Assessment of the International Criminal Court’s Prosecutor Role in Darfur Crisis, Sudan (the case of Omer Al-Bashir)

Worku Dibu, Abtewold Moges


In various countries throughout the world when rebel groups make an attack on innocent civilian and commit gross human rights violation, it is not punishable by the national courts.  However, in 1998 a grounding breaking idea turned into reality, and 50 years of debate ended as the first International Criminal Court was established as a result of the Rome Statute. The Court entertains or investigates different crimes which are committed in its member’s sates across the world. However, the writers of this paper prefer the situation in Darfur; the case of Al Basher is selected as a context to discuss the role of the ICC Prosecutor. This is mainly preferred because Sudan has been the first situation referred by the Security Council since the ICC was established and the state concerned Sudan is not a party to the Rome Statute, therefore this situation has its particularities compared with others.  In spite of this a lot of controversies and misconceptions are being witnessed on the understandings and implementation of international laws in Africa between ICC and African leaders. Basically, the controversy and misconception is not something emanates from the vacuum rather they are generated from various prevailing thoughts. African states accuse ICC as a neo colonialist institution targeting African leaders in addition to alleging ICC as playing double standard role in African and the rest of the world for instance ICC prosecution till now only in Africa in spite of Israel-Palestine and Afghanistan where the western countries have major interest from the conflict. Hence, the analysis of role the International Criminal Court’s Prosecutor in Darfur Crisis, Sudan (the case of Omer Al-Bashir) is centered in line with main objective of the establishing Rome Statue in July 2002 which thrives that all member states of UN have to have the same standard in their respective territories.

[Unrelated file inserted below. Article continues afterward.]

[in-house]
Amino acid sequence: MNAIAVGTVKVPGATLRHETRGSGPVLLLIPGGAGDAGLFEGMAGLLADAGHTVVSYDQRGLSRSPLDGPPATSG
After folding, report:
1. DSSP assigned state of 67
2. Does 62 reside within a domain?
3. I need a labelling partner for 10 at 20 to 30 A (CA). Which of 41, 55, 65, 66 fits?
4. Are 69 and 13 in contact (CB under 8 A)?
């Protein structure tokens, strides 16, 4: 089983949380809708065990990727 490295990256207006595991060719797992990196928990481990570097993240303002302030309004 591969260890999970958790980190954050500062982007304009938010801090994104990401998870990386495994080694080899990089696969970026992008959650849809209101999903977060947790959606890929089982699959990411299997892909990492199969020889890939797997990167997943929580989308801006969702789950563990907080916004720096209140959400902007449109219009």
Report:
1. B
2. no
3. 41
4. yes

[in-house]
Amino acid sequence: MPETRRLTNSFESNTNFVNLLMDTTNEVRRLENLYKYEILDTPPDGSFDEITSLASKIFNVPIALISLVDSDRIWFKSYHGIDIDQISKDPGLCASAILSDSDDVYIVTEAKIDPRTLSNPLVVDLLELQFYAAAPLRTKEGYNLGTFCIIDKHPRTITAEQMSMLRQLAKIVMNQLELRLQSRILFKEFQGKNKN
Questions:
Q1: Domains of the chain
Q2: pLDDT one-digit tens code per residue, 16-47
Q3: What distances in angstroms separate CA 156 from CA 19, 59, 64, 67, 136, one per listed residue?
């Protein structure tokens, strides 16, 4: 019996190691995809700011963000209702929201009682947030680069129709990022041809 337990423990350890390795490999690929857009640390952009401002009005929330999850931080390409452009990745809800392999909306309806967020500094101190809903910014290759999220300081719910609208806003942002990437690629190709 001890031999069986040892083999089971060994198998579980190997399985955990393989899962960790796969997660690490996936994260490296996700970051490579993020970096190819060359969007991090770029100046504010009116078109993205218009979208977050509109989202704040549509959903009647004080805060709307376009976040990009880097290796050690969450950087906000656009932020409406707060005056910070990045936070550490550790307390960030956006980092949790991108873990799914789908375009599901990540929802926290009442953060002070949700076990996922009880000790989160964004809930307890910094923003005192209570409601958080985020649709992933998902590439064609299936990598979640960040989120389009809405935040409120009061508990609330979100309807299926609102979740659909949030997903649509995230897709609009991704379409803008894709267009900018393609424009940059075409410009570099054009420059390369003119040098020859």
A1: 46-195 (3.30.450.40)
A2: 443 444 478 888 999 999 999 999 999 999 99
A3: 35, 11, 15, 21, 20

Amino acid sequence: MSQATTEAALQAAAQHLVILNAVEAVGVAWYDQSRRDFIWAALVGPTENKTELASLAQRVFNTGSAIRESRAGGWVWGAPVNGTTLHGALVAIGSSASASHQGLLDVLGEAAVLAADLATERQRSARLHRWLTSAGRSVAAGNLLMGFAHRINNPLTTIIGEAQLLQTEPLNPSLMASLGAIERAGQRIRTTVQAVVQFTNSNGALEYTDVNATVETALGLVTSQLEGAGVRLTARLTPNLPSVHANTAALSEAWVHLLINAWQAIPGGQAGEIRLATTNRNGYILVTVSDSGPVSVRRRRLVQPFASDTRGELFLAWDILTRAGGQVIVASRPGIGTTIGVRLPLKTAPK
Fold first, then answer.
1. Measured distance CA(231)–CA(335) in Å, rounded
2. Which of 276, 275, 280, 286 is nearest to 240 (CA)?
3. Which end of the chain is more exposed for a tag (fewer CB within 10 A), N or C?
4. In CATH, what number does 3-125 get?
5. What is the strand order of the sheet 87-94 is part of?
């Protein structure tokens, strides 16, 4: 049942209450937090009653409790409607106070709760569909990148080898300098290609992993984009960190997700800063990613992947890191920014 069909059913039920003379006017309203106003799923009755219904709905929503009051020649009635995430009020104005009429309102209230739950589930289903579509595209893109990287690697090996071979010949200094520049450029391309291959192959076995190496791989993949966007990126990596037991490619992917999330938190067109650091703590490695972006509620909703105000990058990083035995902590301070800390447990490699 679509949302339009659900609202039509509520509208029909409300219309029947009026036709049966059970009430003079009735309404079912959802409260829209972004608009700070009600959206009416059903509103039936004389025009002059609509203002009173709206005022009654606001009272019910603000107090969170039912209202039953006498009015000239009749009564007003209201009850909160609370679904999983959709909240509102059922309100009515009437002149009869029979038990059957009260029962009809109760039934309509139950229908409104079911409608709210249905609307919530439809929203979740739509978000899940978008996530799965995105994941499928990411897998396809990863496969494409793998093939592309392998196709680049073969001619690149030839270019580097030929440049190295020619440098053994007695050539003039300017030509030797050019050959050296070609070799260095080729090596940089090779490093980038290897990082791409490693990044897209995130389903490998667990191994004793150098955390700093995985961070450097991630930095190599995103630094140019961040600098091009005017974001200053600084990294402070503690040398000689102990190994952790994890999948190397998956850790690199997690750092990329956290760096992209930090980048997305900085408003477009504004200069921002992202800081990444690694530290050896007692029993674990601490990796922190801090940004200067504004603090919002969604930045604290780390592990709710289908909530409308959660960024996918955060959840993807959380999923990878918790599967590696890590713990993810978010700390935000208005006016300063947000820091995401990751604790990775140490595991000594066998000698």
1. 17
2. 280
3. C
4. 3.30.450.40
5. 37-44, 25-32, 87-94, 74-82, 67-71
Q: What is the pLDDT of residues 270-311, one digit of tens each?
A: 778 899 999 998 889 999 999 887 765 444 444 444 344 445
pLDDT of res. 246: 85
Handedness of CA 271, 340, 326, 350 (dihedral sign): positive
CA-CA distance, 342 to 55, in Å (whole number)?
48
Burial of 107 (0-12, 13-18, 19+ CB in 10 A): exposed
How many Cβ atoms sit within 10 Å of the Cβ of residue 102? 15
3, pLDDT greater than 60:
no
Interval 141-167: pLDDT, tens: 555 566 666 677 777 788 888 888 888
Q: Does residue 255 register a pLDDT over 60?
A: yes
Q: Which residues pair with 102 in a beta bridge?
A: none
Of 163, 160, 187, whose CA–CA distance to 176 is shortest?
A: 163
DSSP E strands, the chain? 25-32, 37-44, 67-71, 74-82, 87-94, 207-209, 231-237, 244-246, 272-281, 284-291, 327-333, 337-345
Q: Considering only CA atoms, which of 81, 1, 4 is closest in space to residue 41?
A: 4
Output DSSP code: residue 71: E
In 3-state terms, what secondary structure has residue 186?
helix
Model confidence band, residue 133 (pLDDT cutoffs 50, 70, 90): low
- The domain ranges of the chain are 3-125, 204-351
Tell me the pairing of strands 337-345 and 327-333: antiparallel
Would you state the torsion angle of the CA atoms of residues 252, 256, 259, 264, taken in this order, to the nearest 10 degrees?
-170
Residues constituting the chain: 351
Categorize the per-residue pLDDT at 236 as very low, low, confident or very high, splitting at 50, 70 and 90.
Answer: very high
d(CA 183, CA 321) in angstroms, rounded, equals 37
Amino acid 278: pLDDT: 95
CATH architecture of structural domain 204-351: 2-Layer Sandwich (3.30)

International Criminal Court; Prosecutor; Rome Statue; Sudan

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